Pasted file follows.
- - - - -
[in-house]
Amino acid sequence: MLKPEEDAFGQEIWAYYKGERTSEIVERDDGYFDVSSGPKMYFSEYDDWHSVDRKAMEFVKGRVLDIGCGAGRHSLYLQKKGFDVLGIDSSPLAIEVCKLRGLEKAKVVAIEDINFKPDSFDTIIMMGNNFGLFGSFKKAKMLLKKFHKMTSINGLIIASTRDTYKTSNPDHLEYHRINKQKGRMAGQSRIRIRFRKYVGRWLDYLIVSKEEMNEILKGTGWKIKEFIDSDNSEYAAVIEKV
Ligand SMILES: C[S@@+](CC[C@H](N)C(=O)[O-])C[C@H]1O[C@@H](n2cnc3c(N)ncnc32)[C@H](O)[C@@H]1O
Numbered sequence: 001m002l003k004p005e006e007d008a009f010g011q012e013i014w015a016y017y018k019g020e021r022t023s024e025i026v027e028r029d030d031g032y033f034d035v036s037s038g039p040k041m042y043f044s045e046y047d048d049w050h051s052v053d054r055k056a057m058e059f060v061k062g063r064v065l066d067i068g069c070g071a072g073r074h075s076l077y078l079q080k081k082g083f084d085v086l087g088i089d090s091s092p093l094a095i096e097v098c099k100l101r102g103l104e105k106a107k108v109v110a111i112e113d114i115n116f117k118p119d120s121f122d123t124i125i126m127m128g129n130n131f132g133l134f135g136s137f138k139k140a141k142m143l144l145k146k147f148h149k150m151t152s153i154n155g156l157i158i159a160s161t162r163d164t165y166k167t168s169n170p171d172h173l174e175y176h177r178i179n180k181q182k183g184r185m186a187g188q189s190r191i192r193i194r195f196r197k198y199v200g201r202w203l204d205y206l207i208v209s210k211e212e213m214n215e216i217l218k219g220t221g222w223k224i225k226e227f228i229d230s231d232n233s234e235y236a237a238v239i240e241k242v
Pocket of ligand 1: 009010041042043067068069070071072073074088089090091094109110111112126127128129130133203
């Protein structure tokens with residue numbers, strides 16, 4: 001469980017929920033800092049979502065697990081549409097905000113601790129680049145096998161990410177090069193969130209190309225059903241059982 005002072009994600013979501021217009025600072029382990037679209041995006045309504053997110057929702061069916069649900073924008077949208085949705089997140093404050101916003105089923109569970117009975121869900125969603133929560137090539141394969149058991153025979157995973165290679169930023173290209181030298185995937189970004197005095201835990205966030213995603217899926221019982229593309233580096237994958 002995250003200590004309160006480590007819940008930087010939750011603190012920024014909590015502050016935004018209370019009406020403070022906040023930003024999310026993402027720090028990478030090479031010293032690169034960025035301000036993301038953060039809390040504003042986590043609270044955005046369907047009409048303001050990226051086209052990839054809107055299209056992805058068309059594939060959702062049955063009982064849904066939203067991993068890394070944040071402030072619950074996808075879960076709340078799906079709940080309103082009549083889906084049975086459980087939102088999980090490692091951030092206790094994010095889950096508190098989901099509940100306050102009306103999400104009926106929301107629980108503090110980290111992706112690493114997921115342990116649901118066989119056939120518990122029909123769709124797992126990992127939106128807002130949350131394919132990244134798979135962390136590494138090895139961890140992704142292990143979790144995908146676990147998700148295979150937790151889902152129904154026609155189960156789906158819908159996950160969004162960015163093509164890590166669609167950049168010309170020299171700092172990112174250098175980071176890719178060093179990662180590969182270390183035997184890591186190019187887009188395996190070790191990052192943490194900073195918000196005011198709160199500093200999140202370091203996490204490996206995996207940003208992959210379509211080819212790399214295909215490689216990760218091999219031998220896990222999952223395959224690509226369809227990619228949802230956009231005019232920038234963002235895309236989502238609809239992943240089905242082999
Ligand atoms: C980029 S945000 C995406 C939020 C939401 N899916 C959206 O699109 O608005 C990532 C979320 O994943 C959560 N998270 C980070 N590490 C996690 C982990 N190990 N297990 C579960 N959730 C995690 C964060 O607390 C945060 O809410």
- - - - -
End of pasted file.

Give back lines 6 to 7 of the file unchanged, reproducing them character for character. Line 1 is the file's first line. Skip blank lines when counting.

């Protein structure tokens with residue numbers, strides 16, 4: 001469980017929920033800092049979502065697990081549409097905000113601790129680049145096998161990410177090069193969130209190309225059903241059982 005002072009994600013979501021217009025600072029382990037679209041995006045309504053997110057929702061069916069649900073924008077949208085949705089997140093404050101916003105089923109569970117009975121869900125969603133929560137090539141394969149058991153025979157995973165290679169930023173290209181030298185995937189970004197005095201835990205966030213995603217899926221019982229593309233580096237994958 002995250003200590004309160006480590007819940008930087010939750011603190012920024014909590015502050016935004018209370019009406020403070022906040023930003024999310026993402027720090028990478030090479031010293032690169034960025035301000036993301038953060039809390040504003042986590043609270044955005046369907047009409048303001050990226051086209052990839054809107055299209056992805058068309059594939060959702062049955063009982064849904066939203067991993068890394070944040071402030072619950074996808075879960076709340078799906079709940080309103082009549083889906084049975086459980087939102088999980090490692091951030092206790094994010095889950096508190098989901099509940100306050102009306103999400104009926106929301107629980108503090110980290111992706112690493114997921115342990116649901118066989119056939120518990122029909123769709124797992126990992127939106128807002130949350131394919132990244134798979135962390136590494138090895139961890140992704142292990143979790144995908146676990147998700148295979150937790151889902152129904154026609155189960156789906158819908159996950160969004162960015163093509164890590166669609167950049168010309170020299171700092172990112174250098175980071176890719178060093179990662180590969182270390183035997184890591186190019187887009188395996190070790191990052192943490194900073195918000196005011198709160199500093200999140202370091203996490204490996206995996207940003208992959210379509211080819212790399214295909215490689216990760218091999219031998220896990222999952223395959224690509226369809227990619228949802230956009231005019232920038234963002235895309236989502238609809239992943240089905242082999
Ligand atoms: C980029 S945000 C995406 C939020 C939401 N899916 C959206 O699109 O608005 C990532 C979320 O994943 C959560 N998270 C980070 N590490 C996690 C982990 N190990 N297990 C579960 N959730 C995690 C964060 O607390 C945060 O809410």